|Publication number||US7840101 B2|
|Application number||US 12/160,043|
|Publication date||Nov 23, 2010|
|Filing date||Jan 3, 2007|
|Priority date||Jan 3, 2006|
|Also published as||EP1974200A2, US8351742, US20090269002, US20110176763, WO2008018900A2, WO2008018900A3|
|Publication number||12160043, 160043, PCT/2007/133, PCT/US/2007/000133, PCT/US/2007/00133, PCT/US/7/000133, PCT/US/7/00133, PCT/US2007/000133, PCT/US2007/00133, PCT/US2007000133, PCT/US200700133, PCT/US7/000133, PCT/US7/00133, PCT/US7000133, PCT/US700133, US 7840101 B2, US 7840101B2, US-B2-7840101, US7840101 B2, US7840101B2|
|Inventors||Chee Wei Wong, Rohit Chatterjee, Xiaochun Li, Xugang Zhang|
|Original Assignee||The Trustees Of Columbia University In The City Of New York|
|Export Citation||BiBTeX, EndNote, RefMan|
|Patent Citations (10), Non-Patent Citations (2), Referenced by (4), Classifications (19), Legal Events (4)|
|External Links: USPTO, USPTO Assignment, Espacenet|
This application is a U.S. national phase application under 35 U.S.C. §371 of International Patent Application No. PCT/US2007/000133, filed Jan. 3, 2007 and entitled “Systems and Methods for Sensing Properties of a Workpiece and Embedding a Photonic Sensor in Metal,” which claims priority to U.S. Provisional Patent Application No. 60/755,799, filed Jan. 3, 2006 and entitled “Distributed Subwavelength Micro- and Nano-photonics for Ultrahigh Spatial- and Temporal-Resolution in Displacement, Strain, Vibrational, and Thermal Sensing,” the entire contents of each of which are incorporated herein by reference.
The present subject matter was developed with Government support under grant number 0528900 awarded by the National Science Foundation. The Government may have certain rights in the present subject matter.
The disclosed subject matter relates to systems and methods for sensing properties of a workpiece and embedding a photonic sensor in metal.
Placing temperature and strain sensors directly into a manufacturing environment can help to obtain effective monitoring and control of manufacturing processes for computer chip and mechanical products. If critical conditions in these processes are continuously monitored with sensors, problems can be detected and solved during the processing cycle, resulting in improved product quality and productivity. There are ongoing efforts to fabricate electrically based micro-sensors, such as thin film thermocouples and strain gauges, for in-situ manufacturing process monitoring. Typically, however, with electrically based sensor arrays having a large number of sensors, e.g., that are distributed across a computer chip or mechanical product, the assembly of wires that allow readouts from these arrays can be cumbersome and costly. Monitoring the fabrication of metal structures in hostile manufacturing environments is particularly challenging because the presence of high temperatures, corrosive agents such as acids, alkalis, and oxidizers, and electromagnetic interference can damage an electrical sensor or impair its ability to monitor processes.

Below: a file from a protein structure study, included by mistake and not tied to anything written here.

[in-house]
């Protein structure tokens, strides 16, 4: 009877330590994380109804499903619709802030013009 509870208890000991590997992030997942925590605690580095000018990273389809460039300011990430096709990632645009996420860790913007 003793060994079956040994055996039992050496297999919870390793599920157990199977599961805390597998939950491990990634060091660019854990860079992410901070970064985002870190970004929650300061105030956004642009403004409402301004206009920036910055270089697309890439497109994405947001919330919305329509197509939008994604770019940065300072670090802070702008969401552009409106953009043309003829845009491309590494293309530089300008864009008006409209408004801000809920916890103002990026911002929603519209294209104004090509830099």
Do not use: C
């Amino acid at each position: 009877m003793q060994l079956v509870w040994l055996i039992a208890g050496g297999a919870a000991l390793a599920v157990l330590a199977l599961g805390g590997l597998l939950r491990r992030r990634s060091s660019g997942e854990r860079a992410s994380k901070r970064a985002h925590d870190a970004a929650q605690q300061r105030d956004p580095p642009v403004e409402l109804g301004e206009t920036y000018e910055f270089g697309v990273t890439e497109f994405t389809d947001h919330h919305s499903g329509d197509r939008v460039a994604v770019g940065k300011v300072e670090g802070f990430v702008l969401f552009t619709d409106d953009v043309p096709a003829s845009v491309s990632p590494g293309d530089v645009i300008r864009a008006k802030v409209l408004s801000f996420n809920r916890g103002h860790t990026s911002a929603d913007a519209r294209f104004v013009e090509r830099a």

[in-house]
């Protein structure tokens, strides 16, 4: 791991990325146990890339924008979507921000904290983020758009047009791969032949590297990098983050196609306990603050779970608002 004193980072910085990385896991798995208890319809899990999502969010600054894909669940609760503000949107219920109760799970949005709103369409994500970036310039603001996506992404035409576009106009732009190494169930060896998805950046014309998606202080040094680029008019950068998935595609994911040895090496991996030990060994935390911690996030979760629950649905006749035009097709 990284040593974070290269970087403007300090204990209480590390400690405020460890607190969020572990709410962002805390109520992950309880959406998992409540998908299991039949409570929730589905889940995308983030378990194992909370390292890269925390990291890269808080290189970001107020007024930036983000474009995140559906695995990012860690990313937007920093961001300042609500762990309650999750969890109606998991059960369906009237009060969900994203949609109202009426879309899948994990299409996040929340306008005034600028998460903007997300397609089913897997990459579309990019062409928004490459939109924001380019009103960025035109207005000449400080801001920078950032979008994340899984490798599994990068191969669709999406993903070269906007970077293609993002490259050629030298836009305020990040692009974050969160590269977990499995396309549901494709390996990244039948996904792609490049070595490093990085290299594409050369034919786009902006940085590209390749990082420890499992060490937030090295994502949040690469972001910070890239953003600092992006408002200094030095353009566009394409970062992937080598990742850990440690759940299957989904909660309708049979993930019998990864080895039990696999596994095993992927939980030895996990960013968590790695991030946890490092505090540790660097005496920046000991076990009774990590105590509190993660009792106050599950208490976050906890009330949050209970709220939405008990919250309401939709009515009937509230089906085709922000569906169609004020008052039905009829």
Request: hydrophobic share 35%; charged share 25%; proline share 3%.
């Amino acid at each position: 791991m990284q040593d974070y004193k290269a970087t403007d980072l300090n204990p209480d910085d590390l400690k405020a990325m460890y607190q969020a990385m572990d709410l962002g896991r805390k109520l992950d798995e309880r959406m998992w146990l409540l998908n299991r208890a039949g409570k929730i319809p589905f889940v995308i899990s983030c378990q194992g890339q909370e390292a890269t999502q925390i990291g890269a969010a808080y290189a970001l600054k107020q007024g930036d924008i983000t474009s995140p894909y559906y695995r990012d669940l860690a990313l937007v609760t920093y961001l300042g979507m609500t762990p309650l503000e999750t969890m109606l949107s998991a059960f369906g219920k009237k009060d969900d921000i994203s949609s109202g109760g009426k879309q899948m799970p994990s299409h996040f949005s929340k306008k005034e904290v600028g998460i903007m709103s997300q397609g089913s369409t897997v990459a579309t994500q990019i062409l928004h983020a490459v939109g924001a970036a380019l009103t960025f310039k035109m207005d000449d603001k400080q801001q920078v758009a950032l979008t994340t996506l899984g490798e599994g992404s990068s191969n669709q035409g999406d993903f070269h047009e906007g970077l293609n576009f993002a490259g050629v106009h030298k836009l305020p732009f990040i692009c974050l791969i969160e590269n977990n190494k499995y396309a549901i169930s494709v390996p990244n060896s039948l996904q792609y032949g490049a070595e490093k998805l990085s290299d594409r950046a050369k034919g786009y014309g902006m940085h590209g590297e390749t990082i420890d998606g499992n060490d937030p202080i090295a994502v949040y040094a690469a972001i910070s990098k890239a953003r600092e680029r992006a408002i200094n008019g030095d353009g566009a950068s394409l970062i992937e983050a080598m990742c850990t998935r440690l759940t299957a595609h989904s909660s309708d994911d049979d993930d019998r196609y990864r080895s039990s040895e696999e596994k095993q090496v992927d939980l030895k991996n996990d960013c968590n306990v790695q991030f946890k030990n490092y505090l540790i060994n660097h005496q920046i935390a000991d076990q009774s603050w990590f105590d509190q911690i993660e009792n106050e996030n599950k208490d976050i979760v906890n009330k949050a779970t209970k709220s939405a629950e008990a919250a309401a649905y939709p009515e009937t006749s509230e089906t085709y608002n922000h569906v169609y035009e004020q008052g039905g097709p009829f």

Systems and methods for sensing properties of a workpiece and embedding a photonic sensor in metal are disclosed herein.
In some embodiments, systems for sensing properties of a workpiece include an optical input, a photonic device, an optical detector, and a digital processing device. The optical input provides an optical signal at an output of the optical input. The photonic device is coupled to the workpiece and to the output of the optical input. The photonic device generates an output signal in response to the optical signal, wherein at least one of an intensity of the output signal and a wavelength of the output signal depends on at least one of thermal characteristics and mechanical characteristics of the workpiece. The optical detector receives the output signal from the photonic device and is configured to generate a corresponding electronic signal. The digital processing device is coupled to the optical detector and determines at least one of the thermal characteristics and mechanical the characteristics of the workpiece based on the electronic signal.
Some embodiments include one or more of the following features. The digital processing device also modifies a parameter in a process being applied to the workpiece in response to the at least one of the thermal characteristics and the mechanical characteristics of the workpiece determined by the digital processing device. The photonic device includes a microring resonator. The photonic device includes a defect in a photonic crystal. The workpiece is one of a computer chip and a mechanical product. The photonic device is embedded in a layer of the workpiece. The photonic device has a Q between approximately 100 and approximately 105. The photonic device has a Q between approximately approximately 2,000 and approximately 20,000. The optical input includes a laser. The optical detector includes a photodiode. The optical input is coupled to the photonic device by a waveguide.